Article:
Computer Science Colloquia
Wednesday, July 22, 2015
Advisor: Kevin J. Sullivan
Attending Faculty: Joanne Dugan (Chair)
1:00 PM, Rice Hall, Rm. 514
Master's Project Presentation
Building a Automatic Continuous Integration Pipeline for Software Evolution
In the paper Programs, Life Cycles, and Laws of Software Evolution, M. Lehman introduced the idea of E-type (evolutionary) programs. These are programs that are embedded in evolving contexts of use. Among Lehman's laws, one states that such software must continually evolve to retain its value. Indeed, the ability to evolve without the need for changes in physical apparatus is an essential source of software value. Yet achieving rapid and effective evolution is hard, due to the complexity of software and the ease with which its logic can be broken. Many software engineering concepts, tools, and methods have thus been developed to support software evolution. Tools include Github for collaborative version control, Jenkins for continuous integration, make and maven for incremental builds, automated bug checkers, etc.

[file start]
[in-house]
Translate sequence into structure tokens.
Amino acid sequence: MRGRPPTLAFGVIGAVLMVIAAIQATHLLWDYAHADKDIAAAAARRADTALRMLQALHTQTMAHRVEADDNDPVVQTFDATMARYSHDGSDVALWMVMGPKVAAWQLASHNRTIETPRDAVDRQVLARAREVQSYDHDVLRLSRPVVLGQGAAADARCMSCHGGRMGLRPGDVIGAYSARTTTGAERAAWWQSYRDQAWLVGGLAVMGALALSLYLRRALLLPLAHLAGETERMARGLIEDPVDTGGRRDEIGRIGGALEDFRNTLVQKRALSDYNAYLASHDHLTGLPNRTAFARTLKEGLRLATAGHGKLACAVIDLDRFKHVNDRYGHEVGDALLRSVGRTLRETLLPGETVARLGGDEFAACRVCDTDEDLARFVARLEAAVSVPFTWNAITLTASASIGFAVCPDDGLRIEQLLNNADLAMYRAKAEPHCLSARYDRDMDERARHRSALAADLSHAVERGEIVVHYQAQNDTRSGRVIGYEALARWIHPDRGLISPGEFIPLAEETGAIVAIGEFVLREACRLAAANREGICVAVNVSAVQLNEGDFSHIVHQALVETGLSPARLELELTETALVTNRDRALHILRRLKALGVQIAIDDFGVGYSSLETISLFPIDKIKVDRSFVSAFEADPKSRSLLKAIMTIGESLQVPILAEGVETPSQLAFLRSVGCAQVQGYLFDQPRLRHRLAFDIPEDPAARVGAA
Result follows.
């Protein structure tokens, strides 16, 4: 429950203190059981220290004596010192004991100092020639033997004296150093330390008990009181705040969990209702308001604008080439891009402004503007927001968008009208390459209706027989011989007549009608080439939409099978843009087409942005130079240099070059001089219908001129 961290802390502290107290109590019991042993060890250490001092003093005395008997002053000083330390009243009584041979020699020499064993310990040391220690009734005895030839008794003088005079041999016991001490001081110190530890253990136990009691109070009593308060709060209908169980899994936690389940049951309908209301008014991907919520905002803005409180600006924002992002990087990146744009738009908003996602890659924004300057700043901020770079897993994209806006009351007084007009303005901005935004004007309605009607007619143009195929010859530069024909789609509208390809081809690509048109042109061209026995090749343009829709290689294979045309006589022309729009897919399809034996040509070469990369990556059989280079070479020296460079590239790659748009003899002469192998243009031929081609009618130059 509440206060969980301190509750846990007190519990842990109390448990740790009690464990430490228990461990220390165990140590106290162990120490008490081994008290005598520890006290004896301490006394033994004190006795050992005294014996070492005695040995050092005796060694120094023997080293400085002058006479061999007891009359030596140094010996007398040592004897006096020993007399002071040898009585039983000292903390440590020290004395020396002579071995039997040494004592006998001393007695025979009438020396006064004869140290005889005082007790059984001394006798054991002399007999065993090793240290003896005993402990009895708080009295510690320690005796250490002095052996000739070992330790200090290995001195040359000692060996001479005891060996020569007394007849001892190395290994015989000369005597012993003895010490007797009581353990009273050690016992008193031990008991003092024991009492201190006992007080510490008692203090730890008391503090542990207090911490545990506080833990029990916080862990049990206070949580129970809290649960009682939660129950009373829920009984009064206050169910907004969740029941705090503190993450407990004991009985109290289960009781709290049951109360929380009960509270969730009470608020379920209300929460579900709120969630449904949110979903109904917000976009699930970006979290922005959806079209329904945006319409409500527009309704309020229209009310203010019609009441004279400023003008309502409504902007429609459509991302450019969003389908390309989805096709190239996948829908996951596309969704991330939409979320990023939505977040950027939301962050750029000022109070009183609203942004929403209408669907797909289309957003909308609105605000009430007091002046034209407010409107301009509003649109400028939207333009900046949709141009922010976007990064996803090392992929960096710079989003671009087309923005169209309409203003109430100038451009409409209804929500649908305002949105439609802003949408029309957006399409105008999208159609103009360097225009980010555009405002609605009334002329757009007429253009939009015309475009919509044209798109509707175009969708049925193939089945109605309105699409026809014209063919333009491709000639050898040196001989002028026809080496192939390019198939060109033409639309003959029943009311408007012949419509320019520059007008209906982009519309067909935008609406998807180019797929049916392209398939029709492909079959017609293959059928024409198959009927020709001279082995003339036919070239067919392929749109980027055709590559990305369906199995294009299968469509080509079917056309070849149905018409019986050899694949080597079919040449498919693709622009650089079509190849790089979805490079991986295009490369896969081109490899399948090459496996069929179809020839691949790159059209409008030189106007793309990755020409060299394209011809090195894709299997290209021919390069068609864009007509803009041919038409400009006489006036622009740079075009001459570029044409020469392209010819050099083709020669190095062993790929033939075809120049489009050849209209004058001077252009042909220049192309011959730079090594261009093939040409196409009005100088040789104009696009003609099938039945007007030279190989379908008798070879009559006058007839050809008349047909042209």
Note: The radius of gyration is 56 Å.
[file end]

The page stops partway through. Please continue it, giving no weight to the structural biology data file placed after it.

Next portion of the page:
In this talk, I will present my work on the Galileo dynamic fault tree analysis tool a case study in software evolution. Galileo was developed in early 2000s. It relied on now obsolete versions of Microsoft Windows, Microsoft Office Word and Visio, Visual Studio, and C++. Galileo had lost much of its value due to evolution of the surrounding environment. The goal of my project was to recover its value by evolving it to be useful in today's environment, and easy to evolve as time goes by. Key tasks included porting the software from Windows and an old version of C++ to a current version of C++ under Linux; developing a new web-based user interface based on Java EE; building an infrastructure for continuous integration using GitHub, Jenkins, and Sonarqube; and deploying a working version of Galileo to a Glassfish server.